Oxford Handbook of Aquinas

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Handbook of Aquinas
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Oxford University Press has recently published its new Handbook of Aquinas.  The book serves as an introduction to the writing of the Angelic Doctor and includes essays on most of the major topics in Aquinas’s thought.  Edited by Eleonore Stump (at St. Louis University) and Brian Davies (at Fordham University), each chapter is an essay written by a different expert in the thought of Aquinas.

Contributing to the book are two American Dominicans.  Fr. James Brent, OP, of the Province of St. Joseph, has a chapter on God’s Knowledge and God’s Will.  Fr. James is currently an assistant professor of philosophy at the Catholic University of America in Washington, DC.  Fr. Dominic Holtz, OP, of the Province of St. Albert the Great, has contributed a chapter on Sacraments.  Fr. Dominic is professore incaricato in the Department of Philosophy at the Pontifical University of St. Thomas Aquinas in Rome (the Angelicum).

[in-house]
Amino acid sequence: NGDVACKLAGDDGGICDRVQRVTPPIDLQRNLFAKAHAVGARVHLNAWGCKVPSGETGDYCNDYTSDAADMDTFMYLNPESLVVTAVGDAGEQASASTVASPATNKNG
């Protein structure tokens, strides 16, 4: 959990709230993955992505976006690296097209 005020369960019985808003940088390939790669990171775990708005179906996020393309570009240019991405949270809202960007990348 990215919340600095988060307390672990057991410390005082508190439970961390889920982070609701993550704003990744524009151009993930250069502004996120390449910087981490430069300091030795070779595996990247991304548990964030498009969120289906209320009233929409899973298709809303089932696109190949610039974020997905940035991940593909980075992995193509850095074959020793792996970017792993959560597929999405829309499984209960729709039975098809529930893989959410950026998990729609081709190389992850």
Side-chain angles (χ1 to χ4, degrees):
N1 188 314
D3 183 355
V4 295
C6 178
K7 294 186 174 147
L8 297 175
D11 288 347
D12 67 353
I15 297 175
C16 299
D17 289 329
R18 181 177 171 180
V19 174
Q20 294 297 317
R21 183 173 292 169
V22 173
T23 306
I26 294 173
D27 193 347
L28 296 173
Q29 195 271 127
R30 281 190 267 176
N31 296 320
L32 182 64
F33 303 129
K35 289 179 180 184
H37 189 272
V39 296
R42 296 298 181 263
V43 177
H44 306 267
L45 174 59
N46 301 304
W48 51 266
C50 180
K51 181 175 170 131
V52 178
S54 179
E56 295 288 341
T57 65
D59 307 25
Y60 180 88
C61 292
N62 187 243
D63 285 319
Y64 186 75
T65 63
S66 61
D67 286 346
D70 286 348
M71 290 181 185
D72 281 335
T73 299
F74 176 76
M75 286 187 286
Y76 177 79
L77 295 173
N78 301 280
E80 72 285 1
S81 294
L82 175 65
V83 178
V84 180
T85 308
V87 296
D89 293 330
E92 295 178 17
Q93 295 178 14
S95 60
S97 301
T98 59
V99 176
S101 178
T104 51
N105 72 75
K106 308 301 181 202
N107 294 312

The publisher offers the following description of this new work:

“The book begins with an account of Aquinas’s life and works. The next section contains a series of essays that set Aquinas in his intellectual context. They focus on the philosophical sources that are likely to have influenced his thinking, the most prominent of which were certain Greek philosophers (chiefly Aristotle), Latin Christian writers (such as Augustine), and Jewish and Islamic authors (such as Maimonides and Avicenna). The subsequent sections of the book address topics that Aquinas himself discussed. These include metaphysics, the existence and nature of God, ethics and action theory, epistemology, philosophy of mind and human nature, the nature of language, and an array of theological topics, including Trinity, Incarnation, sacraments, resurrection, and the problem of evil, among others. These sections include more than thirty contributions on topics central to Aquinas’s own worldview. The final sections of the volume address the development of Aquinas’s thought and its historical influence”.

Fr Pius Pietrzyk, OP